vexxxboy: That's a bit deceiving,my son went to a decile 1 school , and a majority of the lunches looked like the decile 10 school and if they had none it was because they had eaten them for breakfast and morning tea , there were a few that didnt have lunch at all but they never went hungry, because they were fed by there friends. My son always took extra so he could share it.

Time and regional differences would make a difference. Much fewer are going without lunch in Wellington
http://www.stuff.co.nz/dominion-post/news/7649023/Lunchboxes-show-difference-between-poor-and-rich

Byrned: I agree that kids need to be fed however I see issues with the whole thing.

First, are we suggesting that there aren't poor families outside of the decile1-3 areas?? And second, if a parent is working hard to make sure their children are fed, why would they continue to do so if the school will. And third its also teaching that you don't need to provide for yourself.

If only low decile schools provide free food the low income parents will make sure their children only go to low decile schools. That's a powerful ghettoisation effect.



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  Reply # 687531 18-Sep-2012 08:03 Send private message



I note that the article shows that the kids breakfast "might" have been a pie on the way to school. Or you saw that there were packets of chips and a fizzie drink for lunch. Add the cost of those together for a week and you can get some cereal, a bottle of milk and some bread plus spreads and make a decent lunch. Okay, so it won't be glamorous as the decile 10 kids was, but not everything is equal and trying to make it so is futile.

Learn to cook. Its a skill I think that has sadly been lost amongst many.


I think the reason that the kids are having fizzie drinks and chips at school is due to it being easier to give a kid $5 and say 'buy yourself something at the dairy/canteen' without proper instructions of guidance about what is a healthy lunch - than make a kid lunch.  If I was a kid, I'd certainly want to eat fizzy and chips at school for lunch, but mum/dad would have ensured that I use any money she gives me to buy at least a somewhat healthy lunch.  Taking money to school was a treat!

Also consider that to give a balanced diet is not cheap, nor easy for low income families - especially those who were not brought up to be able to properly budget and choose healthy meals.  Buying hot chips for dinner is cheaper than providing a balanced meal with meat, vegetables and pastas.  The lunch problem has probably been happening for many generations.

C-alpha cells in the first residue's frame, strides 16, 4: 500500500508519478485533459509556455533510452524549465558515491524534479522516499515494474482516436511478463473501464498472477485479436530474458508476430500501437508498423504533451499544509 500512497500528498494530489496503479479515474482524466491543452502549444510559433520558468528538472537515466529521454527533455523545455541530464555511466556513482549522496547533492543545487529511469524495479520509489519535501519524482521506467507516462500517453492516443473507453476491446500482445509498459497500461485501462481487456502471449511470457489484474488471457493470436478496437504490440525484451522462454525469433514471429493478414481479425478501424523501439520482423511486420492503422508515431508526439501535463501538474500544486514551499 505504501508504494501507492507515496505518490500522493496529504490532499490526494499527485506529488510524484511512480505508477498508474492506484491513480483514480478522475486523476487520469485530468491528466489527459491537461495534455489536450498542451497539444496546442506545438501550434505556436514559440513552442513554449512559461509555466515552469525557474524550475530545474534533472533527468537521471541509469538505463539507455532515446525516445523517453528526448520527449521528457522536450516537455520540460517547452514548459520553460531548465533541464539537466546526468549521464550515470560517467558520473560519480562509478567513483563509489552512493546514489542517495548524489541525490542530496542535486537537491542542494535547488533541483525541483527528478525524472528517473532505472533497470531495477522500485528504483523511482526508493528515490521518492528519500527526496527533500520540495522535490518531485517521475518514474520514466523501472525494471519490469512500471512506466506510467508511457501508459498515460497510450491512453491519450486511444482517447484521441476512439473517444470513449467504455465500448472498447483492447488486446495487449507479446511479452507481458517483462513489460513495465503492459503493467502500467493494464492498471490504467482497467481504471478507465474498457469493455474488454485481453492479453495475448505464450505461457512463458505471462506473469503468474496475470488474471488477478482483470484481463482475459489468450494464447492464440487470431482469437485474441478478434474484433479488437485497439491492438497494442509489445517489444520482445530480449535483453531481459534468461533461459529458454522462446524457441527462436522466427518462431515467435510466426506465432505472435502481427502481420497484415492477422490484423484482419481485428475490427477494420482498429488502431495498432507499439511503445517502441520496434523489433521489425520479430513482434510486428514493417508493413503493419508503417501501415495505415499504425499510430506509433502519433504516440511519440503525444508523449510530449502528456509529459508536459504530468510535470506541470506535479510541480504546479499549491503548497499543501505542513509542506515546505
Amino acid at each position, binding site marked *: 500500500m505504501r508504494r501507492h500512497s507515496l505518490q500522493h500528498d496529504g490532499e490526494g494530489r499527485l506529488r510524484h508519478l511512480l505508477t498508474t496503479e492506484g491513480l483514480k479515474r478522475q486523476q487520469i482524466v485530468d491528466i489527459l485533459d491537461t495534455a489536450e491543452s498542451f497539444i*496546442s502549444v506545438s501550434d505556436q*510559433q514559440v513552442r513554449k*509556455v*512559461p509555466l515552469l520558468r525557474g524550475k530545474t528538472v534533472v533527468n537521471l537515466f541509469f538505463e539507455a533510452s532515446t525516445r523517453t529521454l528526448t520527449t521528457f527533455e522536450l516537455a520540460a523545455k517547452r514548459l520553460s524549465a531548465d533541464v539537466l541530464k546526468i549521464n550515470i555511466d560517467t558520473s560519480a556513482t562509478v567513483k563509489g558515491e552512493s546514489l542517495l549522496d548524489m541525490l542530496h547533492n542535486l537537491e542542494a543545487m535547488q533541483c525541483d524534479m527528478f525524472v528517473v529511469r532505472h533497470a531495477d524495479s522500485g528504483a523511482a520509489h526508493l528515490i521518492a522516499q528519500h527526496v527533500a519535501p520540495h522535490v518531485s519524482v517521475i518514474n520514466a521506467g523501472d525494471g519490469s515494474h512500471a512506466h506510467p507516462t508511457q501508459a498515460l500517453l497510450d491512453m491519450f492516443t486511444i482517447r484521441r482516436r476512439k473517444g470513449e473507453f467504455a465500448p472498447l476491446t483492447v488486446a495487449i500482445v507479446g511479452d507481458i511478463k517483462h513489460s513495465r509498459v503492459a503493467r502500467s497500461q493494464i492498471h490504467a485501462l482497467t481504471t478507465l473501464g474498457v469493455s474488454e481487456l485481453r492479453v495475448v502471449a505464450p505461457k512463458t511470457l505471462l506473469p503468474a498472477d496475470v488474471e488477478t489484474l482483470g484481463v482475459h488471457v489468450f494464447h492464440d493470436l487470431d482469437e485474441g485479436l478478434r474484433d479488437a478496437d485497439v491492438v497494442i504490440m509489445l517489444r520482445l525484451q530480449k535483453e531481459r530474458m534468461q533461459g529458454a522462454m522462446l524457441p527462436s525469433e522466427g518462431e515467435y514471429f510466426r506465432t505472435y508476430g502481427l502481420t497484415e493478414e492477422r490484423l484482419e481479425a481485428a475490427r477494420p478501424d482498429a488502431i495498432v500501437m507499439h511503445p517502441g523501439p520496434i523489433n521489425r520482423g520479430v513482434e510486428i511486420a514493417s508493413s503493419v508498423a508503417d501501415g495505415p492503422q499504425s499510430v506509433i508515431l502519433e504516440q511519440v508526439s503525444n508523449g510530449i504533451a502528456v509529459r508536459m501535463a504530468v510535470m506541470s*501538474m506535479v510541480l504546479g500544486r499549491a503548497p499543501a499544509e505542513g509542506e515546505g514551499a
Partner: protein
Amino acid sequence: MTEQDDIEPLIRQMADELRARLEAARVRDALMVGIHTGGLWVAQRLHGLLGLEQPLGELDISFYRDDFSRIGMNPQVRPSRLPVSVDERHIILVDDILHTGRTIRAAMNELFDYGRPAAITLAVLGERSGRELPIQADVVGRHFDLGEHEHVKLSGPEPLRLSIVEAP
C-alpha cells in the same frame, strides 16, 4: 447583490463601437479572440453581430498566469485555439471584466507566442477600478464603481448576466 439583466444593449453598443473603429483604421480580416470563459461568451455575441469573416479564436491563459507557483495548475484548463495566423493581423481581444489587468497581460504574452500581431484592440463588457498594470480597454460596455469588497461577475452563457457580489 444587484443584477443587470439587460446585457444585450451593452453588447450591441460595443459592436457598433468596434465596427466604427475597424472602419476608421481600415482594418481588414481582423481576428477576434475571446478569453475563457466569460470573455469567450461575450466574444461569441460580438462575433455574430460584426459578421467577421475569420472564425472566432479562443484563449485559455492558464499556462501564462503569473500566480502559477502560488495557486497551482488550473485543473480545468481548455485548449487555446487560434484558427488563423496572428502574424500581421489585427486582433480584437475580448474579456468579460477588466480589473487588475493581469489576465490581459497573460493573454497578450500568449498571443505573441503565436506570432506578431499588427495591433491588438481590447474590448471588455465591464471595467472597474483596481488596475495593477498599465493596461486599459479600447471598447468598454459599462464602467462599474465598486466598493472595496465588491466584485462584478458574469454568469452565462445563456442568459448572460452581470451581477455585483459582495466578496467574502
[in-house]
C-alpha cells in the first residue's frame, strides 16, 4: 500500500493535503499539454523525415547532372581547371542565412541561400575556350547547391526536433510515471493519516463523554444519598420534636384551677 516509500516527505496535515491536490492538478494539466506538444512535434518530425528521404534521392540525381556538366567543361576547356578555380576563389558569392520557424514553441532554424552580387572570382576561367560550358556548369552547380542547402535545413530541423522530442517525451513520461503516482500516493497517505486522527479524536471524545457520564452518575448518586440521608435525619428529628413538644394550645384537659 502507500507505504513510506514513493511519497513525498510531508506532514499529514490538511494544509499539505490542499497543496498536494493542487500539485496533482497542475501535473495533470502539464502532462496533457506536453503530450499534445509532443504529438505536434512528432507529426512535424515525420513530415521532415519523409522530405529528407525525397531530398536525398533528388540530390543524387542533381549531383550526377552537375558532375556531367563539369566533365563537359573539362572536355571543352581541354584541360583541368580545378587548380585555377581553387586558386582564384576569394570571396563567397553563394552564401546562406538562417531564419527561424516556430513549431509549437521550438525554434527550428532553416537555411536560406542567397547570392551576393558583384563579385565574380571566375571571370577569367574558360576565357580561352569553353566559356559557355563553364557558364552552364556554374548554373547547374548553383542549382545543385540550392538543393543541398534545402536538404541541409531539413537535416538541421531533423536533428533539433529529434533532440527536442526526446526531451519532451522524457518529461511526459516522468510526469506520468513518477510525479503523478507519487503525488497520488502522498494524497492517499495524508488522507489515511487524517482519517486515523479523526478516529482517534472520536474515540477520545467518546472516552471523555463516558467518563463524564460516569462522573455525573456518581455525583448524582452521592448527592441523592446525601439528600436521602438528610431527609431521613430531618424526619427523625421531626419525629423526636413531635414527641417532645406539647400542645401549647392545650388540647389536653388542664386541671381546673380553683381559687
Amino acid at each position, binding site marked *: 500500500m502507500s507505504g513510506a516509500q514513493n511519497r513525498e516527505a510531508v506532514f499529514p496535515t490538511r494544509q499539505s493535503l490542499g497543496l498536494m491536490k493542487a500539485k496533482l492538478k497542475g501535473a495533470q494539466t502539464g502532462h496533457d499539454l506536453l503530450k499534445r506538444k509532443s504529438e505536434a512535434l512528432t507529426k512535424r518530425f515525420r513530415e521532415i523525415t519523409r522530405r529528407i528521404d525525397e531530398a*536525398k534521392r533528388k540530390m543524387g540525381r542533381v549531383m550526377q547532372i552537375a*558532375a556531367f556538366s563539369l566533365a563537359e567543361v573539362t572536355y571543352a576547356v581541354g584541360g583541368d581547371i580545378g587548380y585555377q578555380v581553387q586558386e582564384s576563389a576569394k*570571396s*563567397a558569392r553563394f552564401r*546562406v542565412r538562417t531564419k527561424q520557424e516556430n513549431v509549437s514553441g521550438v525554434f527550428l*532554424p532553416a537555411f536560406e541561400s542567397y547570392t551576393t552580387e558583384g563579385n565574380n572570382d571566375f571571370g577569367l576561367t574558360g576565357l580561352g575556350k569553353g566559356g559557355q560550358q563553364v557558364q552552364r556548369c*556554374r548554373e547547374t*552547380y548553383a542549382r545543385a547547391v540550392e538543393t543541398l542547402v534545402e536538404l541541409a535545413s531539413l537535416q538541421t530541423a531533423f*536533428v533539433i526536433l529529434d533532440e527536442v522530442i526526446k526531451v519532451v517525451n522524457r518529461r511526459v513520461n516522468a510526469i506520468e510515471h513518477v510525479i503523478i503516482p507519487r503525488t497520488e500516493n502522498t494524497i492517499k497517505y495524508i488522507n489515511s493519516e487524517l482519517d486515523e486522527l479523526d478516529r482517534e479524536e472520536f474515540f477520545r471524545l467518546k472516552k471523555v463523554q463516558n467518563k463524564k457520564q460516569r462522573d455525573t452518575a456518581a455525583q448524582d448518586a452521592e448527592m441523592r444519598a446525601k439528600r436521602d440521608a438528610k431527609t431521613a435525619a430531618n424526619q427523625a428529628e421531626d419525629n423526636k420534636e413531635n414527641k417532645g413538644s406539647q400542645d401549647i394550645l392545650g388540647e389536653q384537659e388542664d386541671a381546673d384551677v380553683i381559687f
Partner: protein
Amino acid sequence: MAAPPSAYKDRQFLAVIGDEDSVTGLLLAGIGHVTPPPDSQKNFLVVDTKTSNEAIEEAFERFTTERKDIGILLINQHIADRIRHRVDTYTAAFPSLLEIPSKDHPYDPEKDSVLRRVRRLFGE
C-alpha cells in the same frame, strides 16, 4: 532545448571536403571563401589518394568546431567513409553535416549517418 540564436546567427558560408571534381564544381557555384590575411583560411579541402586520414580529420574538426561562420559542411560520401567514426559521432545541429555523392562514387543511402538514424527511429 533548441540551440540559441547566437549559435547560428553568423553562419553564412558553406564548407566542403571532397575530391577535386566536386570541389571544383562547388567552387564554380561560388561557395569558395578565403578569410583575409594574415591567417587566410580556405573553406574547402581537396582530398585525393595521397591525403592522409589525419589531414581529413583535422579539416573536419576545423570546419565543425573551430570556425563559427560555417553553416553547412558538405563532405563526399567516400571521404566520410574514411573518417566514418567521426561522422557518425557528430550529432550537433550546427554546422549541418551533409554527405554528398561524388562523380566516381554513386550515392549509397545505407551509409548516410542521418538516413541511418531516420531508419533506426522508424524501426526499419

I guess everyone has there stories about how 'mum always budgeted and we were poor and we never went hungry' - I also believe we are probably some of the successful bunch, and maybe we are not the type that will end up in jail, or having children at a very early age.  Maybe our mums got it right!

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  Reply # 687584 18-Sep-2012 10:07 Send private message

It's a whole Chicken and Egg debate... Do you feed the kids or upskill the parents....

The reality is you have to do both, and it's a hard balance because you'll always have well meaning and vocal interest groups on each side.

How easy is it to teach someone on a state benefit of some sort (income support, housing etc) it's cheaper to put vegemite on some bread than buy a 'Cookie'? The answer is it's no easier than teaching them how to budget to manage what they do have, or how to supplement an income with home grown food.

You'll get a different picture, I'm sure, at every school. The School decile system is, as I understand it, supposedly a reflection of (socio-economic) status of the community it serves. Does this make poverty a 'local' problem within a community? If it does you'd think it would be a lot easier to manage on a community by community basis where local groups worked together to support and encourage those with the most need.... it's how every community in this country started and grew.

Like others I agree we shouldn't be letting children go hungry, we shouldn't be denying them the opportunity to reach their potential and contribute to their own and the countries growth and future. The problem is defining my (and your) responsibility in that process. Is it time, money, nothing, or an ever change mix?

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  Reply # 687597 18-Sep-2012 10:36 Send private message

I would never let my son or daughter go to school without food or to school witg the food that a couple of those kids were sent with.
My call lays with the parents, I wonder if you walked into the house that sent the kids to school with no food and have a look in the fridge, see if its full of alcohol, wonder if there's cigarette packets or a sky decoder in lounge?

I would give up anything and put my kids first, no questions asked.
These are very broad and general comments I know. But I'm sure alot of the houses those kids are coming from will have things at home they could've done without to provide for the kids.

I am in favour of all kids having a decent meal, 3 decent meals. But if we are going to do it, it can't be a school by school, or an income based thing, all public schools or none, obviously the cost of this would be far to much so won't happen.
I do hope that something changes and kids are looked after at the end of the day.

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  Reply # 687621 18-Sep-2012 11:11 Send private message